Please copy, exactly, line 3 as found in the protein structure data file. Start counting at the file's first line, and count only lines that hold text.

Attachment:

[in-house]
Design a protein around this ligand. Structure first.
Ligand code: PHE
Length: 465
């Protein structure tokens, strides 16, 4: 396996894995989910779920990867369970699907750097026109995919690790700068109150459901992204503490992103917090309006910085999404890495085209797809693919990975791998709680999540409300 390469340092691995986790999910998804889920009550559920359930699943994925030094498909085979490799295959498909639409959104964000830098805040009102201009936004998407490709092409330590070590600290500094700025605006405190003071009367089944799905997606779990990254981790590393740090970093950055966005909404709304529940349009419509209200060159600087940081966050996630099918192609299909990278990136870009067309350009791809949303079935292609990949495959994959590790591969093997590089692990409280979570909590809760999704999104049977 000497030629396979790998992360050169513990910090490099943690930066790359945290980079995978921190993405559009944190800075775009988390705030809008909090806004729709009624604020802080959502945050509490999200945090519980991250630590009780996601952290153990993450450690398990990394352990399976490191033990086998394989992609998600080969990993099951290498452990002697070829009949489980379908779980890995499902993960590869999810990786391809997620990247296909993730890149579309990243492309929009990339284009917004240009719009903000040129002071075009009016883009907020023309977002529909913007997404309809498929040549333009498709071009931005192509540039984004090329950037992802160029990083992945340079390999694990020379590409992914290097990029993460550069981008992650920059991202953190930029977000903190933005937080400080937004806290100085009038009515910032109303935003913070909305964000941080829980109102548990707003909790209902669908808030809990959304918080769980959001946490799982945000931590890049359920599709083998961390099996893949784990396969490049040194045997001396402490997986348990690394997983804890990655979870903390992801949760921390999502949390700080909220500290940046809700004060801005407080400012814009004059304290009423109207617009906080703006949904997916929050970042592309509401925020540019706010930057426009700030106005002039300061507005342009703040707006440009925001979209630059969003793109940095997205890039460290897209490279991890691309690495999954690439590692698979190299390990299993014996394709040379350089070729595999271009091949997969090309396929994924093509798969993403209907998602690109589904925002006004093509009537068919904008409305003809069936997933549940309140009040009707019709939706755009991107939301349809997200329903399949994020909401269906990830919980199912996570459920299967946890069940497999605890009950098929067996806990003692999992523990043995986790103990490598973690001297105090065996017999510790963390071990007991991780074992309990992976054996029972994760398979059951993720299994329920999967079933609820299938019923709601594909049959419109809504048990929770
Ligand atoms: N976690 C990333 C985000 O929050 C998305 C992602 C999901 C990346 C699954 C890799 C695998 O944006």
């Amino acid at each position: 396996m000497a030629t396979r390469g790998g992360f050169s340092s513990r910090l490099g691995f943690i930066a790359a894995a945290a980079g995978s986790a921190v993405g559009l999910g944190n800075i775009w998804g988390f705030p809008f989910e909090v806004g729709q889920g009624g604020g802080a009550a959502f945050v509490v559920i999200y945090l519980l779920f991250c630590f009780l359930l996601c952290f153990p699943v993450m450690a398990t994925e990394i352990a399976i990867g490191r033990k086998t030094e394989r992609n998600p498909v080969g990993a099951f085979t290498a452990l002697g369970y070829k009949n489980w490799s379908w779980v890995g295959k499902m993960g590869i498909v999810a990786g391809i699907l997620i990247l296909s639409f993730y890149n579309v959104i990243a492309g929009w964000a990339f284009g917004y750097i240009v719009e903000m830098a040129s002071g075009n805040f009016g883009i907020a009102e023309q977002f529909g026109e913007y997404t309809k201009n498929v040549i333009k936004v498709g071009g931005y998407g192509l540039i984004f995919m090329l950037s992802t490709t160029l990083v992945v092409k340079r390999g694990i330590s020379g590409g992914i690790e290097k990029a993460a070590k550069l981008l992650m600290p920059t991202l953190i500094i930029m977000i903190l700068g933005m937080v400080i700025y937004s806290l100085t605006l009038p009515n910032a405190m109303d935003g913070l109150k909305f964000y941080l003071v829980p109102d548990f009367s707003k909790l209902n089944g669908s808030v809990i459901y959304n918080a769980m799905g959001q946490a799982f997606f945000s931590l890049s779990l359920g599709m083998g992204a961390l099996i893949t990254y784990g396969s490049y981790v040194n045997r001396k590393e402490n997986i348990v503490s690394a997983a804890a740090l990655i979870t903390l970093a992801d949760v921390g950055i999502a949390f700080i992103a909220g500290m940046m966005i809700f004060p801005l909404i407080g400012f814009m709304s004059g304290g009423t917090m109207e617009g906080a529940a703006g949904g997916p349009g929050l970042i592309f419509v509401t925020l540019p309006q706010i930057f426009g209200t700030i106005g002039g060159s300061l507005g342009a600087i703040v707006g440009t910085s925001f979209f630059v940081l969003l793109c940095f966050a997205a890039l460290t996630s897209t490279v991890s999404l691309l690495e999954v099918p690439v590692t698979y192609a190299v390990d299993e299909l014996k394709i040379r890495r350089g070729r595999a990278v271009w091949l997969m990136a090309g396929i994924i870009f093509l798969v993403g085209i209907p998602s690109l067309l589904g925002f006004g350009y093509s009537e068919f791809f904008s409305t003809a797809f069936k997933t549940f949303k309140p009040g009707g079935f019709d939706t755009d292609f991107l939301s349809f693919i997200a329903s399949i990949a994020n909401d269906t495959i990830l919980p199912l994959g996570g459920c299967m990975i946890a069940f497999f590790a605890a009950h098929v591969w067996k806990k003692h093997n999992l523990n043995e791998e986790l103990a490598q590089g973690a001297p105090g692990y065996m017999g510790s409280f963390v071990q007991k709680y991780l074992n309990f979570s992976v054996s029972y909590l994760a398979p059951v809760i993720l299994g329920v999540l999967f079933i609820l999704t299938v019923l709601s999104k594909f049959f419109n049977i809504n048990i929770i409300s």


Ligand code: PHE